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todd
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Joined: 2003/5/12
Posts: 573
California

 Re:

I don't really get the second part of the Barnes commentary, but I think the first part is interesting and helpful. He seems to take the position that I have been considering lately.

Ron,
I think I agree with you, at least to some degree. But I'm not totally sure. But I'm still wondering how this helps us with the question at hand. What's the connection/application?

Olan,
Thank you for clarifying. I didn't know those terms you mentioned such as "preterist." What does that word mean, anyway? I'm not sure I fit into those camps, but it's interesting to me that they exist. Are there any good books out there about them?

 2006/8/17 11:14Profile
OverSeer
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Joined: 2006/7/15
Posts: 153
Geneva, Alabama

 Re: Preterist

Preter = a prefix meaning "beyond," "by," "past."

Preterit = a verb tense referring to a past, completed, action or state.

Therefore a preterist believes the tribulation along with the Lord's return has been historically fulfilled - that it is a past, completed, action or state.

Todd, I am not sure that I have read any books on preterism but I do know that I have read articles in various publications.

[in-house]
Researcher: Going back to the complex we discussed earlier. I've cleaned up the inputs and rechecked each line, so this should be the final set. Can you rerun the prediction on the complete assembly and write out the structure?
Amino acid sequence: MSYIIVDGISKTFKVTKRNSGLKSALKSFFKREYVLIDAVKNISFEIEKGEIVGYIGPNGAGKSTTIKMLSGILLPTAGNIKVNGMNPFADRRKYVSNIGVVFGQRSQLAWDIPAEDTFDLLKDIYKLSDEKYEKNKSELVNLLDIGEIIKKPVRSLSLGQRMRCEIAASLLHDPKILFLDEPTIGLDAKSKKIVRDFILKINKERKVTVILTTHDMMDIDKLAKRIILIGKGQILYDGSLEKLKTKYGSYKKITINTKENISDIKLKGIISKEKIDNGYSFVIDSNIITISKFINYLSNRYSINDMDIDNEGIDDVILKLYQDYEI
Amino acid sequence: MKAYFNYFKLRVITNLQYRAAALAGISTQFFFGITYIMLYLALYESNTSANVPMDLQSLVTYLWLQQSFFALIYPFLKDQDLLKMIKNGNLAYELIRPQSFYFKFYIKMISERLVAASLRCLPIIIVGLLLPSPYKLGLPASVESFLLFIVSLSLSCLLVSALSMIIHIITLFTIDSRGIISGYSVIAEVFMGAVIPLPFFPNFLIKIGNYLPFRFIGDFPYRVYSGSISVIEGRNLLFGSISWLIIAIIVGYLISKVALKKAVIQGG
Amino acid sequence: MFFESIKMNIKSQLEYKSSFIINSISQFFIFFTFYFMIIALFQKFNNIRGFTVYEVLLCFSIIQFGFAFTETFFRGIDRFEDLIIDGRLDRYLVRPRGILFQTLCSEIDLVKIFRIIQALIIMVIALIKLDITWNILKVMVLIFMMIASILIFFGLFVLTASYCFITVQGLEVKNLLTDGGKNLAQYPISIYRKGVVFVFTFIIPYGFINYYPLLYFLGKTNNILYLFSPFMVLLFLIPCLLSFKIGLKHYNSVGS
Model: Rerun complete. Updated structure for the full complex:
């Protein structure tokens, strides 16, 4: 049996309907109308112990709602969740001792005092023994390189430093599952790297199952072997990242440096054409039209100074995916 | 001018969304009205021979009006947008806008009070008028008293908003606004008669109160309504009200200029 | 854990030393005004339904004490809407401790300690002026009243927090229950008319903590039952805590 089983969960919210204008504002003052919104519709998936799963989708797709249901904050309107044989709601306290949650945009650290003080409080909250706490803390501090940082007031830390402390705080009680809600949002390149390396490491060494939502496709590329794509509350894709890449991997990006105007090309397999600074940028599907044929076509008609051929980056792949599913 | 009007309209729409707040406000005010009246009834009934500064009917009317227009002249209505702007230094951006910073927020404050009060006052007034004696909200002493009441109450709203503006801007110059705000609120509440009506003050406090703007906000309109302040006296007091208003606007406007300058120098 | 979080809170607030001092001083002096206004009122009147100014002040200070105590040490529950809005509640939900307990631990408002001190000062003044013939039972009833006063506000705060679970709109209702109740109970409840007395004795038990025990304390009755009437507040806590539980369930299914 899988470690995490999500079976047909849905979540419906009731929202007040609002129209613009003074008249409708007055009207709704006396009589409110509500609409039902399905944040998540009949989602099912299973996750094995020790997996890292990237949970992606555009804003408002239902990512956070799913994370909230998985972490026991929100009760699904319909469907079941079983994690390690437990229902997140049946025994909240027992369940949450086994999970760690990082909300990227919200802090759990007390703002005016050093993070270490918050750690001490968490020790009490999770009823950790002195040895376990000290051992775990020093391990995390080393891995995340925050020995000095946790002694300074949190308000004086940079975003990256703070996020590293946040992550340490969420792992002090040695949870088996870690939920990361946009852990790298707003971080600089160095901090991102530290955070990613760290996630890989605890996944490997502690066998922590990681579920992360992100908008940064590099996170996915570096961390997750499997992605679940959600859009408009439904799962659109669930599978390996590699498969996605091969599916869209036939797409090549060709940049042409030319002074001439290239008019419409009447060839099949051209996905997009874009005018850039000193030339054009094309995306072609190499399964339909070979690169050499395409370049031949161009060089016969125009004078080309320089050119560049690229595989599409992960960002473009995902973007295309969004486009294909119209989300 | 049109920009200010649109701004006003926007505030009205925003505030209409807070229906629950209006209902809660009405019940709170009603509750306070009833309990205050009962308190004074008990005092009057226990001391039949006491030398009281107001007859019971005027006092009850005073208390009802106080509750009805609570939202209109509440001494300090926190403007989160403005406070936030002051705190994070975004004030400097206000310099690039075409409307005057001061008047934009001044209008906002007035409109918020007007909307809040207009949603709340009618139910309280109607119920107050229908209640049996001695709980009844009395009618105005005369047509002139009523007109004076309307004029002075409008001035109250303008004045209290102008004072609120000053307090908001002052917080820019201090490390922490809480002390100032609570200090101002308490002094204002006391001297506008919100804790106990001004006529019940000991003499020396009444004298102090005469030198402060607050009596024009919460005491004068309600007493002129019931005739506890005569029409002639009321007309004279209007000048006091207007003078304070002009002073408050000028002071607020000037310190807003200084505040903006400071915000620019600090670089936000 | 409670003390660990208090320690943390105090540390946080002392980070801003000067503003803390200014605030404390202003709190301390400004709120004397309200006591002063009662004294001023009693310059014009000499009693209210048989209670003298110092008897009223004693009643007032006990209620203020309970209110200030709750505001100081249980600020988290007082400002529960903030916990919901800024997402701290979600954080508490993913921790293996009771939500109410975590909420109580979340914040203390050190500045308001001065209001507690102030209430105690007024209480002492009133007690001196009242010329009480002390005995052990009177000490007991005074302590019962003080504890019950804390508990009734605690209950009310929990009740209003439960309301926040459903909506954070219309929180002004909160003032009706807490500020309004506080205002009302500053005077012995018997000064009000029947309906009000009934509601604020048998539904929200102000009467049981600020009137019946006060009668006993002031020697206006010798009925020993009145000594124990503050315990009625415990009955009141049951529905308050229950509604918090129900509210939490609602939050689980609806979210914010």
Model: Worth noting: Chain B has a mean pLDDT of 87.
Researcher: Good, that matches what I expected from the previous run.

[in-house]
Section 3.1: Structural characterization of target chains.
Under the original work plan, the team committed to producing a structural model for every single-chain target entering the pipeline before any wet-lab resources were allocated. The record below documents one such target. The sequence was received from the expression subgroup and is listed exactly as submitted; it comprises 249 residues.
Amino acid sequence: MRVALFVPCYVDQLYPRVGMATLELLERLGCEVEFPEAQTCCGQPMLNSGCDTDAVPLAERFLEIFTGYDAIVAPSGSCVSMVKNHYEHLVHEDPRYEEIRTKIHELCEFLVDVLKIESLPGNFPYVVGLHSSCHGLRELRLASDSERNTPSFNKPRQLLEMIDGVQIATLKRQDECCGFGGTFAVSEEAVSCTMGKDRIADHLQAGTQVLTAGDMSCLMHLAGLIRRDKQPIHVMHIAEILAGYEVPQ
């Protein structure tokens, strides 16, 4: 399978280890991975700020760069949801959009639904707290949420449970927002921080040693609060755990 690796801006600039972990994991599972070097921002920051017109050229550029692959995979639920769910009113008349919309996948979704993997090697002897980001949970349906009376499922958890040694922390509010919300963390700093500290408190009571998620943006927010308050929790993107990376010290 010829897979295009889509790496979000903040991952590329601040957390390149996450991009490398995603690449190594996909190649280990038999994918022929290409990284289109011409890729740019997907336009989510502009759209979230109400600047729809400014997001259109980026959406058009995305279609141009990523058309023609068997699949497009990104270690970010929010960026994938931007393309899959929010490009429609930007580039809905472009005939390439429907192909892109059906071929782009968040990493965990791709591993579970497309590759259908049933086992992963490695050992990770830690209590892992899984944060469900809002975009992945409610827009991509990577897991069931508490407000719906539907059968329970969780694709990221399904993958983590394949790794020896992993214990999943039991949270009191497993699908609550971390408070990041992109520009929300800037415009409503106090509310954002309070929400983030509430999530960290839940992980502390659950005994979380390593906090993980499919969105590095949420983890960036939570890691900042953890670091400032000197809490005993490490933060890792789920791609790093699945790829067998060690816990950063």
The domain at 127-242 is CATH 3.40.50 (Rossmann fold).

Grace and peace
Olan


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Olan Strickland

 2006/8/17 11:36Profile
philologos
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Joined: 2003/7/18
Posts: 6566
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 Re:

These [url=http://wiki.biblebase.com/index.php/The_Revelation]links to schools of eschatological schools of thought[/url] will give you an easy access to various ways of interpreting the doctrines of the second coming and later.


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Ron Bailey

 2006/8/17 11:45Profile
philologos
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Joined: 2003/7/18
Posts: 6566
Reading, UK

 Re:

todd's

Quote:
Ron,
I think I agree with you, at least to some degree. But I'm not totally sure. But I'm still wondering how this helps us with the question at hand. What's the connection/application?


There is a subtle variation in the record of Luke. “And when these things [u]begin to come to pass[/u], then look up, and lift up your heads; for your redemption draweth nigh.”